Winter Squash Ravioli With Browned Sage Butter

Hello everyone, Jess here.  imageThis is hands down one of my favorite things to eat in this world.  So buttery, so savory, and just an awesome combo.  It’s a bit of work to make them, and I honestly haven’t even attempted them since the kids came along.  Tonight I thought I’d give them a shot. 

You can make these with just about any winter squash there is, but my favorite in these raviolis is a fresh Kabocha or a traditional hardened butternut. I’ve been saving a lone butternut and a roll of herb sage butter for months.  The time has finally come to dig in!

The dough is pretty flexible, with the basic ingredients involving flour and eggs.  My favorite recipe comes from my late mother-in-law and is immortalized in my home cookbook here:


“Loli” is of course short for “Ravioli” round these parts.


Mom’s recipe was for whole wheat pasta dough and included the following:

  • 1 1/2 cups all purpose flour
  • 1 1/2 cups whole wheat flour
  • 1/2 teaspoon kosher salt
  • 4 eggs
  • 1 tablespoon olive oil

Tonight my 00 flour was prepping to expire, so I wanted to use it up.  The premise is the same however.  Hollow out a little hole in your mountain of sifted flour.


Enter the eggs, and olive oil,if you’re using it.


After kneading for about 10 minutes, pop the dough in the fridge for about an hour wrapped in plastic wrap.  Take the dough out and let it come to temperature for about 10 minutes before rolling.  During all this, it’s a good time to work on the squash filling.


This butternut looks just as fabulous as it did several months ago when I first stored it in my basement. It’s amazing how these will keep so well!  A roast at 400 for about an hour and it was ready to puree.  I added some heavy cream to soften it a bit for the boys.  Finely diced and caramelized onion or a sweated shallot make a nice addition to the filling also, but keeping this kid-friendly was on the agenda this evening, and they’re going through a plain phase.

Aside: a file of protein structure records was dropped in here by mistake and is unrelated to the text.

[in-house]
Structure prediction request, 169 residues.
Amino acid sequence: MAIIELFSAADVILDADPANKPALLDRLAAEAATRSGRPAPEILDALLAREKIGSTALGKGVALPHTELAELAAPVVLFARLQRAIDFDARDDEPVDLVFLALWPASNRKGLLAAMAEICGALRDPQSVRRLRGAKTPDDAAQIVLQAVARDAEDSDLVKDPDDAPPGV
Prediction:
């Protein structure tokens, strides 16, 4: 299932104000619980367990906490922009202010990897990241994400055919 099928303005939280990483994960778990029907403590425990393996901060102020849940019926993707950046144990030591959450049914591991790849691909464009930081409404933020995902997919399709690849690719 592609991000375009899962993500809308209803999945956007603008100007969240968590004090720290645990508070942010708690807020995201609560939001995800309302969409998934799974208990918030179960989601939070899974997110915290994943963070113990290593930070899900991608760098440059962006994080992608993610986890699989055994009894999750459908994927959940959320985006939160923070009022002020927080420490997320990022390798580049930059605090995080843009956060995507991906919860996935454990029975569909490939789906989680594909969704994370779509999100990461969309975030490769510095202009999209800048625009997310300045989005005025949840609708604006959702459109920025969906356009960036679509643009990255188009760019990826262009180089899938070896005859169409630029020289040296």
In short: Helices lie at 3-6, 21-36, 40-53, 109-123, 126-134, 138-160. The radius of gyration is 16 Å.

imageBack to my raviolis…  My Kitchen Aid comes with a ravioli roller contraption, but honestly I don’t have great patience with it.  I usually just wind up making them using my hands.  They come out meatier, and I like that.  I do, however, use my Kitchen Aid pasta roller attachment.  Only tonight did I remember that I loaned it to my Uncle Harry a few years back, so I ended up rolling the dough by hand, which took me quite a while longer than expected.  

imageHere is the ravioli making in action. The boys helped me and we had all shapes and sizes happening tonight.


I have been saving this sage butter in the chest freezer for just this occasion. Tonight’s the night!


I can’t tell you how good this sage and butter combo smells browning in the pan. When you see the butter foaming like this, it’s on it’s way to browning. There will be little brown specks which you’ll want to try to leave behind in the pan when spooning the butter onto your raviolis. There were so many distractions in the kitchen tonight that some of the specks made it onto the final dish and my butter could have gone just a bit longer as well. Regardless, it’s a simple and killer sauce. If using sage butter from the freezer, taste your herbs to see how they held up. Sometimes, they’ll taste as fabulous as the day you picked them, and other times, you’ll want to pick them out before serving. Either way, the flavor of the sage has hopefully infused into your mixture and is great against the butter’s nutty flavor.


4-6 minutes in salted boiling water, and a quick toss in with bitter and you’ve got yourself some yummy Lolis! Freshly grated Parmesan (not pictured, we were running a bit late on dinner so I had snapped the photo too quickly) tops it off! Make a bunch of these at once, freeze some for later, but try them and it’s quite likely you’ll fall in love with them, too. Hope you like them as much as we do!







About Jess

Jess Anderson is the creator of CSA|365 and is passionate about the local food movement. A long time member of Springdell and a busy mother of two, Jess loves keeping her family fed by honest local food.